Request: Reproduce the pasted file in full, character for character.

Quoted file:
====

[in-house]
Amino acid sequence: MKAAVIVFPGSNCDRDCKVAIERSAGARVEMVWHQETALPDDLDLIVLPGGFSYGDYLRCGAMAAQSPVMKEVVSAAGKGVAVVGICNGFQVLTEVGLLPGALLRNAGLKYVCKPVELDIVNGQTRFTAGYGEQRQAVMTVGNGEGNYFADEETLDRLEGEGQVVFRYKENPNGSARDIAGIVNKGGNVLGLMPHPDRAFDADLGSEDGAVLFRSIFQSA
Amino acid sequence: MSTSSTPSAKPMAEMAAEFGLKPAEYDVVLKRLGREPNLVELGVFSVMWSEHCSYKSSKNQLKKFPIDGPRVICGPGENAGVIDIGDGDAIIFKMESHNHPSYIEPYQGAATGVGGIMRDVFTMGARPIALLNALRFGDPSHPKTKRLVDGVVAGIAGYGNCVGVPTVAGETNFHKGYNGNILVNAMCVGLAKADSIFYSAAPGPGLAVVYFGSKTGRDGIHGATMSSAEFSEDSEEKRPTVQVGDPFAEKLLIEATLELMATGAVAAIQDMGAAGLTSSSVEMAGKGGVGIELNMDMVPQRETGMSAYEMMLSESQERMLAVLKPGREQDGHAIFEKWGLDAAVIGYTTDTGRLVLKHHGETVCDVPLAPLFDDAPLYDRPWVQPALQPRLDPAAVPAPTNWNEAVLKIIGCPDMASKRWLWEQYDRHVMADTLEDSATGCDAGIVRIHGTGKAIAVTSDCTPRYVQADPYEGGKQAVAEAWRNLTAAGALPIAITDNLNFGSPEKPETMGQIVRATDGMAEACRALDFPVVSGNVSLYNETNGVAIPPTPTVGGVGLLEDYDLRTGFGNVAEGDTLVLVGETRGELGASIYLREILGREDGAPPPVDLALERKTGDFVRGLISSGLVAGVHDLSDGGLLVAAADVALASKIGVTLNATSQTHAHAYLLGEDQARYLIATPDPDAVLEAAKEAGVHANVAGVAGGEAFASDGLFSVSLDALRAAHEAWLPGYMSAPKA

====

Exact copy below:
[in-house]
Amino acid sequence: MKAAVIVFPGSNCDRDCKVAIERSAGARVEMVWHQETALPDDLDLIVLPGGFSYGDYLRCGAMAAQSPVMKEVVSAAGKGVAVVGICNGFQVLTEVGLLPGALLRNAGLKYVCKPVELDIVNGQTRFTAGYGEQRQAVMTVGNGEGNYFADEETLDRLEGEGQVVFRYKENPNGSARDIAGIVNKGGNVLGLMPHPDRAFDADLGSEDGAVLFRSIFQSA
Amino acid sequence: MSTSSTPSAKPMAEMAAEFGLKPAEYDVVLKRLGREPNLVELGVFSVMWSEHCSYKSSKNQLKKFPIDGPRVICGPGENAGVIDIGDGDAIIFKMESHNHPSYIEPYQGAATGVGGIMRDVFTMGARPIALLNALRFGDPSHPKTKRLVDGVVAGIAGYGNCVGVPTVAGETNFHKGYNGNILVNAMCVGLAKADSIFYSAAPGPGLAVVYFGSKTGRDGIHGATMSSAEFSEDSEEKRPTVQVGDPFAEKLLIEATLELMATGAVAAIQDMGAAGLTSSSVEMAGKGGVGIELNMDMVPQRETGMSAYEMMLSESQERMLAVLKPGREQDGHAIFEKWGLDAAVIGYTTDTGRLVLKHHGETVCDVPLAPLFDDAPLYDRPWVQPALQPRLDPAAVPAPTNWNEAVLKIIGCPDMASKRWLWEQYDRHVMADTLEDSATGCDAGIVRIHGTGKAIAVTSDCTPRYVQADPYEGGKQAVAEAWRNLTAAGALPIAITDNLNFGSPEKPETMGQIVRATDGMAEACRALDFPVVSGNVSLYNETNGVAIPPTPTVGGVGLLEDYDLRTGFGNVAEGDTLVLVGETRGELGASIYLREILGREDGAPPPVDLALERKTGDFVRGLISSGLVAGVHDLSDGGLLVAAADVALASKIGVTLNATSQTHAHAYLLGEDQARYLIATPDPDAVLEAAKEAGVHANVAGVAGGEAFASDGLFSVSLDALRAAHEAWLPGYMSAPKA